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What is Your Story?

Discuss philosophical questions regarding theism (and atheism), and discuss religion as it relates to philosophy. This includes any philosophical discussions that happen to be about god, gods, or a 'higher power' or the belief of them. This also generally includes philosophical topics about organized or ritualistic mysticism or about organized, common or ritualistic beliefs in the existence of supernatural phenomenon.
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Fooloso4
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Re: What is Your Story?

Post by Fooloso4 » July 22nd, 2018, 9:40 pm

The term ‘skepticism’ as it was originally used by the Greeks meant to inquire or seek. It stands in opposition to the assumption that one knows. It is not a denial of the possibility of knowledge but rather a way of revealing the pretense of those, including oneself, who proclaim to know but do not. It is related to the term ‘zetetic’ which means to proceed by way of inquiry, to seek to know, to question, to examine. The philosopher, the “lover of wisdom”, desires and pursues wisdom but is not wise except to the extent that he or she knows that they do not know.

Most instructive in the context of our discussion is Plato’s Euthyphro. By questioning Euthyphro Socrates makes it clear that Euthyphro is not the self-professed expert on the gods and piety he claims to be. Only we are left wondering whether Euthyphro himself realizes this. He certainly does not acknowledge it to Socrates.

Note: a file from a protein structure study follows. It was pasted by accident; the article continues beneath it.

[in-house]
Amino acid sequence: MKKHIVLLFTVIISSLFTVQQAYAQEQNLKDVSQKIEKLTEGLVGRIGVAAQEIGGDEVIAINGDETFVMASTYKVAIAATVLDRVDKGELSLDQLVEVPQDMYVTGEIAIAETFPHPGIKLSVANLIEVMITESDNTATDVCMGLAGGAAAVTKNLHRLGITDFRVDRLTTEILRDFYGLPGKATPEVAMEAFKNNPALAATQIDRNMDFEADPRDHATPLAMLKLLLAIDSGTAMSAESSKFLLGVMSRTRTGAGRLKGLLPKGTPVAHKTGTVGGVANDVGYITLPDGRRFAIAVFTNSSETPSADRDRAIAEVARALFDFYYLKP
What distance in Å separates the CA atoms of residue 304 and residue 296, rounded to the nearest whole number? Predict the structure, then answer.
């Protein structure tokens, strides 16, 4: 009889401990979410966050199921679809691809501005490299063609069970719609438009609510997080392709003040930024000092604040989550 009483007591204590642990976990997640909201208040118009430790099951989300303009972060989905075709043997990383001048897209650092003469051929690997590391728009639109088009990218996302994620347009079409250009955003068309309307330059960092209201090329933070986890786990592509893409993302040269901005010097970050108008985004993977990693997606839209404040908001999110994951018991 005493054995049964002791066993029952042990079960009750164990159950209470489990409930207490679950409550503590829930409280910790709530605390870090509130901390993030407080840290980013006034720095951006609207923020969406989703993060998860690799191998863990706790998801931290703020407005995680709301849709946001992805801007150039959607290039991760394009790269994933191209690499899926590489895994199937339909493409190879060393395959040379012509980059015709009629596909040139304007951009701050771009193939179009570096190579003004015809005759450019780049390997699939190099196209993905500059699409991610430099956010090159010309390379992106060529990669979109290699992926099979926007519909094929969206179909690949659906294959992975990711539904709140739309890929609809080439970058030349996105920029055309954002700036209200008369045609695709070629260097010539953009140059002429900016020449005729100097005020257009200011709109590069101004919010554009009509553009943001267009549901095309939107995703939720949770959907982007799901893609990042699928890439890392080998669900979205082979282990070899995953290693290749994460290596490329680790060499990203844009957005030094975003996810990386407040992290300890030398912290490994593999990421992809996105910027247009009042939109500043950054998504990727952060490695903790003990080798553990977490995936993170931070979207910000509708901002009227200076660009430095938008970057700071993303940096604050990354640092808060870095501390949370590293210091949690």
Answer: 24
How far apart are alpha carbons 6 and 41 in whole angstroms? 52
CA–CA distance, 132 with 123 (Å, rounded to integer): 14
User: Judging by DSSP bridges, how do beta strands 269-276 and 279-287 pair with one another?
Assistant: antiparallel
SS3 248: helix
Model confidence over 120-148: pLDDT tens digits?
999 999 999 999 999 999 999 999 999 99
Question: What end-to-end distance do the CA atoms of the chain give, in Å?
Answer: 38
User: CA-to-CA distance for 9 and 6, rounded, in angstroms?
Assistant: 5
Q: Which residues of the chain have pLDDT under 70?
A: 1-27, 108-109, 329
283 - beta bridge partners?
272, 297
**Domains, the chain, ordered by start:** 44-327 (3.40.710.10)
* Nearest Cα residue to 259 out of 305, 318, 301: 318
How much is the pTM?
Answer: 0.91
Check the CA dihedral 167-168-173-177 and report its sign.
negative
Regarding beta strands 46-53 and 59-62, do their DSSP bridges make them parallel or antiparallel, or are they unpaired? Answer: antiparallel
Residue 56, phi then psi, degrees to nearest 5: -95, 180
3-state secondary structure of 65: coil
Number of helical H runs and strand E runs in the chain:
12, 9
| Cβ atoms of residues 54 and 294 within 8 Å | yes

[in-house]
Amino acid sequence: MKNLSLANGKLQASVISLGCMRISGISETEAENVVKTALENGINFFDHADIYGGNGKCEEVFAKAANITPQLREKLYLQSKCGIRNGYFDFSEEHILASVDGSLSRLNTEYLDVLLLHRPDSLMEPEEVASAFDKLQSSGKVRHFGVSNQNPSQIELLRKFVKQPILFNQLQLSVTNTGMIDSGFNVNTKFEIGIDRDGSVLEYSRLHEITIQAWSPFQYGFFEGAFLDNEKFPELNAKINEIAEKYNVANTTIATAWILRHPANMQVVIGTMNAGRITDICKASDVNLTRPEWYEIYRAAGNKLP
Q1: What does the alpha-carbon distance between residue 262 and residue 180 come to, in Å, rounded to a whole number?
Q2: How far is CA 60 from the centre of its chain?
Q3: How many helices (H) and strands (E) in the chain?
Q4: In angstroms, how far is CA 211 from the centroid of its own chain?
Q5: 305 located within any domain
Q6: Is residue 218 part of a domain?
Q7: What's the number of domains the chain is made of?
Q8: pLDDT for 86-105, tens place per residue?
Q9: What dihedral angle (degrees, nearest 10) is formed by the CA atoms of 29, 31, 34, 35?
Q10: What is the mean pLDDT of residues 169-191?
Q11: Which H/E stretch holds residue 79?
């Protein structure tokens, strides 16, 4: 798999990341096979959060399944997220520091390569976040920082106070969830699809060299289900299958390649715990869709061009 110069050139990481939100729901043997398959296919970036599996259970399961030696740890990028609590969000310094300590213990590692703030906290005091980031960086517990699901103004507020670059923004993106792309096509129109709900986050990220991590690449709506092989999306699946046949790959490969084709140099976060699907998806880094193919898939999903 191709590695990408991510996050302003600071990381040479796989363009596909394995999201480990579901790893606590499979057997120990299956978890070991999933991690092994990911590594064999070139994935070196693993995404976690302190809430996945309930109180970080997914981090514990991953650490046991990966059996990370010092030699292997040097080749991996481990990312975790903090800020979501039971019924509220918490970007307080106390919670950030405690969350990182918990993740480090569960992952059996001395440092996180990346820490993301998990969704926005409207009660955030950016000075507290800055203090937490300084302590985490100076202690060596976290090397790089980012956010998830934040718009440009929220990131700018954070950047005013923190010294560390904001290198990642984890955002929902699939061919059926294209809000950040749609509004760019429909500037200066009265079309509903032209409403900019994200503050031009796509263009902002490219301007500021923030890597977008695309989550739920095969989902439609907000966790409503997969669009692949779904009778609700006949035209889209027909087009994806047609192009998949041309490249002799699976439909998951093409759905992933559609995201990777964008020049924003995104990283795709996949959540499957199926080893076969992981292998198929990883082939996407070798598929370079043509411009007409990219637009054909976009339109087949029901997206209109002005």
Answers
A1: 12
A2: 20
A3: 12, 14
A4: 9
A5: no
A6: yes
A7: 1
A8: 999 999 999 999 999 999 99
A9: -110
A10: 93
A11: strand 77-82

One problem that both Plato and Aristotle had to deal with is that our lack of knowledge is seen by some as an opportunity to make or accept claims about gods, the soul, meaning, purpose, etc. Dark Matter may hide behind claims of “possibilities” but betrays his intentions when he calls this type of groundless speculation “understanding” and “answers”.

Science, as distinct from scientism, is a mode of zetetic skepticism, an inquiry in which proposed theories and answers are treated tentatively rather than dogmatically, demand supporting evidence, explanatory power, and be subject to confirmation. It emphatically does not think of this mode of inquiry as “the gateway to reality”. Reality is not in need of a gateway. The perceived need for a gateway to reality is the result of confusion and mystification. Reality is not something hidden from us that we need access to, as if life is something other than what is real. The assumption that there is a gateway to reality betrays an inability to be at home here and now, a dissatisfaction with the world that engenders stories of an escape from it to something better. It is an inability to feel wonder and awe in the world around us and so posits a fantasy world that one retreats from this world to.